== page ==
Age: 20, b-day is 8/27. Graduate of MLK High in Nashville, TN. Attends MU in PA. Loves football, soccer, Frisbee, Scouts, Science Olympiad.
By: Astrometeor, 4:44 PM GMT on October 18, 2013
Look at the comment #: 28382. Typed backwards: 28382. Amazing numbers.
The term is called a palindrome, meaning: a word, phrase, number, or other sequence of symbols or elements, whose meaning may be interpreted the same way in either forward or reverse direction.
My all time favorite is Madam, I'm Adam. But there are others.
Here's the wiki link on them: Wiki!
And some other interesting websites on the word phenomenon:
Thanks goes to TropicalAnalystwx13 for his handle reaching this benchmark.
Hope it was an interesting aside for readers, and as always, please comment!
By: Astrometeor, 3:44 AM GMT on October 16, 2013
From the NWS WFO in Nashville, TN:
PUBLIC INFORMATION STATEMENT
NATIONAL WEATHER SERVICE NASHVILLE TN
128 PM CDT TUE OCT 1 2013
...SEPTEMBER IN NASHVILLE WAS ABOVE NORMAL IN BOTH TEMPERATURE AND RAINFALL...
THE TEMPERATURE IN NASHVILLE FOR SEPTEMBER 2013 AVERAGED 73.1 DEGREES WHICH IS 1.6 DEGREES ABOVE NORMAL. THE AVERAGE HIGH WAS 84.0 DEGREES AND THE AVERAGE LOW WAS 62.2 DEGREES. THE HOTTEST TEMPERATURE DURING THE MONTH WAS 94 DEGREES ON THE 9TH AND THE COOLEST WAS 51 DEGREES ON THE 22ND. FOR THE SECOND MONTH IN A ROW...NO TEMPERATURE RECORDS
THE NASHVILLE AIRPORT MEASURED 4.52 INCHES OF RAIN DURING SEPTEMBER 2013...WHICH IS 1.11 INCHES ABOVE NORMAL. THIS WAS THE 3RD CONSECUTIVE SEPTEMBER WITH ABOVE NORMAL RAINFALL. THE GREATEST RAINFALL DURING A 24 HOUR PERIOD WAS 1.62 INCHES ON THE 20TH AND 21ST.
THUNDERSTORMS OCCURRED ON 3 DAYS.
THE AVERAGE WIND SPEED DURING THE MONTH WAS 4.6 MILES AN HOUR. THE FASTEST GUST WAS 38 MILES AN HOUR ON THE 10TH.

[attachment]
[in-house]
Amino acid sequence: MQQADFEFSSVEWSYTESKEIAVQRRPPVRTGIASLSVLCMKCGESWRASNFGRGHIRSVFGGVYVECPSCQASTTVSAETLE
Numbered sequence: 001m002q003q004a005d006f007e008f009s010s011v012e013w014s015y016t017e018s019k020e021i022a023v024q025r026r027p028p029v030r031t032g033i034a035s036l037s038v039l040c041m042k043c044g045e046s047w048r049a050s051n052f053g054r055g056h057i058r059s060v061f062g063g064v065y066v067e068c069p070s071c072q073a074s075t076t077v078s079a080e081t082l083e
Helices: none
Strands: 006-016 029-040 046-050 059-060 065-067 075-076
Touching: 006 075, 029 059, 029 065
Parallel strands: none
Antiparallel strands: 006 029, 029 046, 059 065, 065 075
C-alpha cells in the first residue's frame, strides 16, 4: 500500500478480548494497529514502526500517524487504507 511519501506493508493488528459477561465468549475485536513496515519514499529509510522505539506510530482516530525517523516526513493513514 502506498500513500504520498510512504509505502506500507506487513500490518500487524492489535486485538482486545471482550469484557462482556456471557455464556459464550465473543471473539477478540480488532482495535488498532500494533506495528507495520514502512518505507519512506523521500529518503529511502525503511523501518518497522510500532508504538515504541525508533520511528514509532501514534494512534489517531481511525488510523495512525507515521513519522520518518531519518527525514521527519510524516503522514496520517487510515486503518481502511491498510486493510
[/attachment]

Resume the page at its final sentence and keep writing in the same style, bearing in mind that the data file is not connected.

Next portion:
FOG OCCURRED ON 21 DAYS WITH DENSE FOG ON 2 DAYS.
For more information, click here.
Thanks for reading, and as always, don't be afraid to comment!
By: Astrometeor, 9:44 PM GMT on October 12, 2013
I wish there was a punctuation mark that expressed something between the formalities and neutral-ness of a period, and the excitement of an exclamation point. Would be useful for expressing thanks, such as:
Thanks for commenting! / Thanks for commenting.
The first statement comes across to me as too jovial, almost as one of those creepy costumed persons at an amusement park giving out hugs.
The second statement is too bland, not really a thank-you, more as a (pardon the reference) a Squidward-style bare minimum thanks to get pass the social requirement of being a good person.
Just thought of this when attempting to decide which punctuation mark to use in thanking a user for commenting on my previous blog.
Thanks for reading (./!)
By: Astrometeor, 3:44 PM GMT on October 07, 2013
So, there are some common misconceptions with rain and allergies along with the general shape of the awe-inspiring particulate. Let's start with the shape:
A water droplet is a perfect sphere. Not the tear-drop shape that has been permeating through textbooks and writings everywhere for all of history. The easiest way to demonstrate would be to look at a leaking faucet. Drip goes the drop, and oh look, it is perfectly round.
In relation to allergies, rain has always been seen as a hero to allergy-sufferers.
The common belief is that the rain washes the pollen and/or other allergens out of the air. However, that is not the case. What actually happens is that on rainy days, the rain arouses the pollen on the ground and actually gets the allergens airborne once again. The following dry period is spent on the pollen re-collecting back onto the ground again. Think of the action like punching dust or flour. What happens? Some of the particulates are splashed back up into the atmosphere, and then slowly settle back down. Same sort of thing happens with rainfall and pollen. Otherwise, after all the trees released their pollen, it would move around and settle quickly, unless you have a storm come through that provides some rain and wind to give the pollen some uplifting motions again.
Remembering this from TWC, one of the few times I have ever learned something interesting from them. Kudos to TWC for that!
As always, thanks for reading and don't be shy to comment!
The views of the author are his/her own and do not necessarily represent the position of The Weather Company or its parent, IBM.